V.G. Kiernan

Four years ago in November, when the 70th anniversary of the Revolution was being celebrated, I was in the procession moving slowly along the Nevsky Prospekt in Leningrad. Placards everywhere hailed perestroika; the atmosphere, as well as I could make out, was of good-humoured hopefulness, rather than vibrant enthusiasm. In the evening a multitude gathered to watch the fireworks over the river, close to the Winter Palace. A few juvenile rowdies were in evidence, no police. It is melancholy now to learn of that city, with its heroic record, renouncing its name, and going back not even to its last, Russian name of Petrograd, but to the original German one; and of the return of the flag of the Tsars, which was flying over the Winter Palace when the workers were massacred outside it in January 1905.

It is not, however, for any Marxist to be astonished at what has befallen the Soviet Union now. Marxism is founded on historical materialism, and the Soviet system has failed to produce the material welfare that the Soviet peoples were entitled to expect from it. Long years of torpor wheezingly presided over by Brezhnev left it too rheumatic for recovery. Only abroad were bold steps still being taken, criminally in Czechoslovakia, foolishly in Afghanistan. Perestroika could have succeeded only if the Communist Party could have been made to realise that the day of reckoning was at hand, and to reorganise itself drastically for the task of mobilising national energy. Gorbachev gave the right call, but was unable to crank up the rusty engine.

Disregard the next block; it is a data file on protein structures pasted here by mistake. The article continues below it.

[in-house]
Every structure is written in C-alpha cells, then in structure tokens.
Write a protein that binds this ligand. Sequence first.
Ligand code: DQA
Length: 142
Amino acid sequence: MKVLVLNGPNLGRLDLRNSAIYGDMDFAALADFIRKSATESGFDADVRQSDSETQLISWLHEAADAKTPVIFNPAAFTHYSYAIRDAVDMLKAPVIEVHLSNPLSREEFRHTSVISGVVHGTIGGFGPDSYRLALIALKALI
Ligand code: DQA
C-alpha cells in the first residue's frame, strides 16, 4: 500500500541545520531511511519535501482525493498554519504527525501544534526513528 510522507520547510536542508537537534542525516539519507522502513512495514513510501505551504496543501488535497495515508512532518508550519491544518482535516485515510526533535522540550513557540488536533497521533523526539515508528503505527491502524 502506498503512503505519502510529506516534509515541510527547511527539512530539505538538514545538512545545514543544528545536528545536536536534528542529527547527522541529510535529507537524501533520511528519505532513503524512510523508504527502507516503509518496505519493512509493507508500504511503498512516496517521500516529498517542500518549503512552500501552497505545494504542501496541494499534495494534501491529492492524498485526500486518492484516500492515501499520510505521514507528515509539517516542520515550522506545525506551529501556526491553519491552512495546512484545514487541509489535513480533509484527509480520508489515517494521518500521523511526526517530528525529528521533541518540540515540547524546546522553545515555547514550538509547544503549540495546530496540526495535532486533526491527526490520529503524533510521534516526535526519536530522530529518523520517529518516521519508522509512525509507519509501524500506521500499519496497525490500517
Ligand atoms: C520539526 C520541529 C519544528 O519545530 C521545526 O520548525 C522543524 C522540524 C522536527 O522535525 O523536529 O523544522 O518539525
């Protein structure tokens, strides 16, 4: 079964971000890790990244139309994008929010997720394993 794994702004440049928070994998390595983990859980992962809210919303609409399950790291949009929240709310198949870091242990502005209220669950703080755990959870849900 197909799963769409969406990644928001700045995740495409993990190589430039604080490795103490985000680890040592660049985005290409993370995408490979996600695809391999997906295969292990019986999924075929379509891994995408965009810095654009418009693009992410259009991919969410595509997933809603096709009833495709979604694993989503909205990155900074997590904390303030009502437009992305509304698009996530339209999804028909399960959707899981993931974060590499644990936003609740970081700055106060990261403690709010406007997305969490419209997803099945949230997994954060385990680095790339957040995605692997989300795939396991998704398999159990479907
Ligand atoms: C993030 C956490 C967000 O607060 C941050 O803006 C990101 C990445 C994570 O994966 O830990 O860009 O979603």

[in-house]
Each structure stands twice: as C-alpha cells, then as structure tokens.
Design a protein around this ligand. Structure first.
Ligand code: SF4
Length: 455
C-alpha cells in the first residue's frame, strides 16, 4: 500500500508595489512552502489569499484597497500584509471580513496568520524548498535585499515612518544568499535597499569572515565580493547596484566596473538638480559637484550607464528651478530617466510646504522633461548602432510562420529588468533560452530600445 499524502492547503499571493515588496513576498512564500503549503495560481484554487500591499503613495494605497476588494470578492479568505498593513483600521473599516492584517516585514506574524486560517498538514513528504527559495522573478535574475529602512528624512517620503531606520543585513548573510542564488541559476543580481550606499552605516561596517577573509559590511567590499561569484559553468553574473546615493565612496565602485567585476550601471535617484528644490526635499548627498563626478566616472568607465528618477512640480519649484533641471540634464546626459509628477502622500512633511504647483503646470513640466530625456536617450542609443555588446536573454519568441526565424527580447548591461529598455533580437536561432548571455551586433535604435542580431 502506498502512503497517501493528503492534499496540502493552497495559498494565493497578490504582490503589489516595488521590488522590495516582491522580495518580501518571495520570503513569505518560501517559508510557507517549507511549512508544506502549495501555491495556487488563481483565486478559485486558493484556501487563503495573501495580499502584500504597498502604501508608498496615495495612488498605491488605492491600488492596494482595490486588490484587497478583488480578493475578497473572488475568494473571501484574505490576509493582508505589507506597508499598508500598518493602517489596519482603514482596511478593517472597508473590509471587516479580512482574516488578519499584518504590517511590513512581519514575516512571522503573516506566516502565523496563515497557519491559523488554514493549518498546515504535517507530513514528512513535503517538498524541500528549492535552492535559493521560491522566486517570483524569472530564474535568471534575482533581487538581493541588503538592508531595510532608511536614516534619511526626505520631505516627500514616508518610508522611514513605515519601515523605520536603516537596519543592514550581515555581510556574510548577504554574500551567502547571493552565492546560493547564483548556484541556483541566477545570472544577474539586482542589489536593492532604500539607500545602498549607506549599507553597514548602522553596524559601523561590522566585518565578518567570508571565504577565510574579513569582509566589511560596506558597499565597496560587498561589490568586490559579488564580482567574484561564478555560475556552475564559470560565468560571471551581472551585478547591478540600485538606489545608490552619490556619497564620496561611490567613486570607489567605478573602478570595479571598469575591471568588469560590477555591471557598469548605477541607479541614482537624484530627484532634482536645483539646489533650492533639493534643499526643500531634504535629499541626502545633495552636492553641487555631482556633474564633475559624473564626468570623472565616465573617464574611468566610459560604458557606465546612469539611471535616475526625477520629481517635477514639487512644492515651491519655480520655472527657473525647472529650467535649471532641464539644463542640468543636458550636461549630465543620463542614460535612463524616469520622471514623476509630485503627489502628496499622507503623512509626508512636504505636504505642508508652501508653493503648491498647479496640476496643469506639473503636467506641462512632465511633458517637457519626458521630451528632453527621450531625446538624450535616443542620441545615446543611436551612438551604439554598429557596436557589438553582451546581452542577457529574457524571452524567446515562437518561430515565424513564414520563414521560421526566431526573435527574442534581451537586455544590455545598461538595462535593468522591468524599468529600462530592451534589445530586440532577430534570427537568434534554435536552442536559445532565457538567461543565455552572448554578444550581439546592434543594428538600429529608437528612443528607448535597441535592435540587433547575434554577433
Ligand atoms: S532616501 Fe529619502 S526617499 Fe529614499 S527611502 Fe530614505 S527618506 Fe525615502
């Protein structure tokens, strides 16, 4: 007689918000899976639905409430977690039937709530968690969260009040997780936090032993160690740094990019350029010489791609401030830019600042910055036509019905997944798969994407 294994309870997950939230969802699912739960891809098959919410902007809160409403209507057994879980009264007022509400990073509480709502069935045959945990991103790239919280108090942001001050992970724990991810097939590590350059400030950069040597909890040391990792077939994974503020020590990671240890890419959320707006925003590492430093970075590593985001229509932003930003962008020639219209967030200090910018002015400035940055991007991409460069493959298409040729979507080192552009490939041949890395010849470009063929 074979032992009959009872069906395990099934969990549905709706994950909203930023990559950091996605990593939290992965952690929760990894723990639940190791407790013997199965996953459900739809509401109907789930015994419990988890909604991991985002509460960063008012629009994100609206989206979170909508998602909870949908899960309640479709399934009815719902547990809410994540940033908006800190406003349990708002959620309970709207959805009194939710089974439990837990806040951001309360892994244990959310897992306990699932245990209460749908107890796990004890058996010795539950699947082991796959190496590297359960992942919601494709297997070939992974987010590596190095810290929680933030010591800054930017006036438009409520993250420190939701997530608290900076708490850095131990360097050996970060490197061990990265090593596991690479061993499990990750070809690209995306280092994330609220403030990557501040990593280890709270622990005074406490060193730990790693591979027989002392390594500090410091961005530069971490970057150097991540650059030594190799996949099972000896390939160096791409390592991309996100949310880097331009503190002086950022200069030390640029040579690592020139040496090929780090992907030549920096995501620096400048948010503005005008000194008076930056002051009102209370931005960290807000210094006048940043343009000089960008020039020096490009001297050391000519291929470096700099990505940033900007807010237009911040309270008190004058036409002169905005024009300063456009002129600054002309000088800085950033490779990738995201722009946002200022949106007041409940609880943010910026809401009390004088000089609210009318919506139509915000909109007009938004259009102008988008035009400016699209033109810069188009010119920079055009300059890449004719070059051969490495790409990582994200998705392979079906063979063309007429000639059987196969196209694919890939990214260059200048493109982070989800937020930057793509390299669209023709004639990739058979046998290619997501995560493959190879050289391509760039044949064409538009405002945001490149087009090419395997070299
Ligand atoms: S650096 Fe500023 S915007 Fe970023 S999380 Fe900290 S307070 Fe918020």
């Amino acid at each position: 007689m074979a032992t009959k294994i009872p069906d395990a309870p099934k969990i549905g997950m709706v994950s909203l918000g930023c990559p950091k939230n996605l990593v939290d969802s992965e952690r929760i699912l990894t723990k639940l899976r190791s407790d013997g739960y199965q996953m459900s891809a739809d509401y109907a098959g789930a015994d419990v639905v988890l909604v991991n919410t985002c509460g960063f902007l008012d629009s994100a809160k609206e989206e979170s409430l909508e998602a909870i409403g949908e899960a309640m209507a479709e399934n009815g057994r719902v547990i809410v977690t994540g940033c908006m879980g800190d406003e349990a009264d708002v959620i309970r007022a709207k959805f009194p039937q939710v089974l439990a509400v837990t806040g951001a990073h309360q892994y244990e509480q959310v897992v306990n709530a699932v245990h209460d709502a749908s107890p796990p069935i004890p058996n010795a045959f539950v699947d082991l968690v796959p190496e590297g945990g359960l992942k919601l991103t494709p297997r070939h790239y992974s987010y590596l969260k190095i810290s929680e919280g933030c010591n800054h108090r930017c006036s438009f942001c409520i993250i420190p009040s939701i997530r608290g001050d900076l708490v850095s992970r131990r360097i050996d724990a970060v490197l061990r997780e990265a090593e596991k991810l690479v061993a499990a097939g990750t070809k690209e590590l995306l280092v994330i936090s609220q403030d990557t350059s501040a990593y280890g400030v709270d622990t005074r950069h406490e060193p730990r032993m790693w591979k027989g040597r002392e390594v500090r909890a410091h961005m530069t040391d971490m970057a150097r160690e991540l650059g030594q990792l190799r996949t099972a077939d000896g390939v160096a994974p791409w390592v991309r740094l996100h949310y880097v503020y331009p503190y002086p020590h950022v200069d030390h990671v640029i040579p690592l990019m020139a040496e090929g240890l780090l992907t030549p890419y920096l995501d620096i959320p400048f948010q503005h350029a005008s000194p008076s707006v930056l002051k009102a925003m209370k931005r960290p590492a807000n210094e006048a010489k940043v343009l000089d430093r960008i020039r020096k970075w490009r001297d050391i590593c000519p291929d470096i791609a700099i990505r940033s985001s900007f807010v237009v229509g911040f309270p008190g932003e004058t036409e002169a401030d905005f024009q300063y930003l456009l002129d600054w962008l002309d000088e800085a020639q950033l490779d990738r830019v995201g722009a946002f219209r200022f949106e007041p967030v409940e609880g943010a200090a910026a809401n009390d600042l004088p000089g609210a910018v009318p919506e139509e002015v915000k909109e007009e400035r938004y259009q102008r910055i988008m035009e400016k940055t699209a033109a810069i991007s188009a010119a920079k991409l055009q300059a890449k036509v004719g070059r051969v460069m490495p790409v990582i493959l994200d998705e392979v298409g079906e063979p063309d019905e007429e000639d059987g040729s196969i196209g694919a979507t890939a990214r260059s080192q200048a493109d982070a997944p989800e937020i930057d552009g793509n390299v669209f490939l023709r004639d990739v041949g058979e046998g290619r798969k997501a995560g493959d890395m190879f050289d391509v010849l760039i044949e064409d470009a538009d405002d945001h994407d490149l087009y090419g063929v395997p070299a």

Deafening applause for the superior virtues of ‘Democracy’, as a method now fully vindicated, resounds through the West. A truly democratic society is indeed highly desirable. It has never existed anywhere yet, and will not be brought into being simply by politicians telling us that we have got it already. Marx saw it as the long-term goal, at a time when anyone in Western Europe calling himself a democrat was regarded with deep suspicion; but political democracy, he pointed out, could not be established without social democracy. In the West inequalities of wealth and education are much too great to allow democracy to change from a catchword into a reality. Soviet Communists are accused of having feathered their nests at the expense of their people. In Britain a party which has held power for a dozen years with a minority of votes has plundered the people of a gigantic sum of national wealth.

Especially in a vast region as backward and diverse as the old Tsarist empire, the conception of a party of activists brought together by socialist ideals to guide and inspire their country, was a challenging one. The Soviet Communist Party did enlist a great deal of constructive energy, and what it accomplished was in many ways impressive. It made the USSR strong enough to save Europe from Fascism, though at fearful cost to itself. The immense experiment might be compared to the attempt of the Medieval Catholic Church – disciplined, supra-national, at its best devoted to the highest aims to civilise a barbarous continent.

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